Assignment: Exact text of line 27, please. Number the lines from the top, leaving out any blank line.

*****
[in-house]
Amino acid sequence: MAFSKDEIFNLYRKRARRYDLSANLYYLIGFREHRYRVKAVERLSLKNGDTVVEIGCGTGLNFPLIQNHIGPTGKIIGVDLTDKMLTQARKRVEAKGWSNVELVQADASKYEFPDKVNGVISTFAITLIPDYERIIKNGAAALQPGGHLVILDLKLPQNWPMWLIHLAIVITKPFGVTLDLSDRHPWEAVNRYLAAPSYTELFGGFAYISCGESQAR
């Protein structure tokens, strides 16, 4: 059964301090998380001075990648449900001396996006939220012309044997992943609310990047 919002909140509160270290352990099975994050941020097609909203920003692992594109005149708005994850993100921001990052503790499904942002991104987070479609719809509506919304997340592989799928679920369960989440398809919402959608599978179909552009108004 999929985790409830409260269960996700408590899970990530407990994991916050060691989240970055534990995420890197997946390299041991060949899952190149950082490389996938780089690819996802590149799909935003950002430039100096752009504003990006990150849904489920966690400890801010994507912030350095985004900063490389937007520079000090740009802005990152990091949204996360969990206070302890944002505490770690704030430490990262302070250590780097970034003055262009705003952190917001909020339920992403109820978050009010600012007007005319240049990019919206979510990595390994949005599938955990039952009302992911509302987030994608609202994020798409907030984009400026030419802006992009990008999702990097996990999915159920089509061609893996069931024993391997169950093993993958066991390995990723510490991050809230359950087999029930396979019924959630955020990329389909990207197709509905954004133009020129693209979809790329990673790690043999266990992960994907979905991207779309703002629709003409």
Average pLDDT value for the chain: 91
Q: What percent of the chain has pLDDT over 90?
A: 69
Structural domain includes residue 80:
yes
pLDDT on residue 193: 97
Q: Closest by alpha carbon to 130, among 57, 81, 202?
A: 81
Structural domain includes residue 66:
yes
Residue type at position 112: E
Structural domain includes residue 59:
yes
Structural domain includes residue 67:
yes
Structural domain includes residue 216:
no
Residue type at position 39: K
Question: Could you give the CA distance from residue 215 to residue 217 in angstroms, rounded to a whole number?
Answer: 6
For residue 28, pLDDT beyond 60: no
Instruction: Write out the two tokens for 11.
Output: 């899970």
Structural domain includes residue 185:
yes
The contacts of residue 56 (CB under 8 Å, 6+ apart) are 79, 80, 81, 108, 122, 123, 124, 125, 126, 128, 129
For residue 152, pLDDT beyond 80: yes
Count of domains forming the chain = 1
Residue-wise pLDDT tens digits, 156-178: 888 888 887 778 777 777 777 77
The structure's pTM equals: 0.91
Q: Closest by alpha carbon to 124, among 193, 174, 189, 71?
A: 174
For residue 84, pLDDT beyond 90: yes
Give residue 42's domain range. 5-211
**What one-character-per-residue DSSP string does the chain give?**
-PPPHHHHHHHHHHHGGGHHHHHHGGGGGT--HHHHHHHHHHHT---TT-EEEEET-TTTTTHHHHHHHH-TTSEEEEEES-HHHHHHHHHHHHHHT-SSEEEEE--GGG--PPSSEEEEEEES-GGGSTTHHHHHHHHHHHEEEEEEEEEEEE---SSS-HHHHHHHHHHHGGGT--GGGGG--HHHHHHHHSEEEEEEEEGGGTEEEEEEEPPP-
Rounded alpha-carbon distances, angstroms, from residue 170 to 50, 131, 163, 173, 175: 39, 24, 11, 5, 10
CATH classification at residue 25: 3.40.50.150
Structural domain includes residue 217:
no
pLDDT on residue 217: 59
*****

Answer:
Structural domain includes residue 185: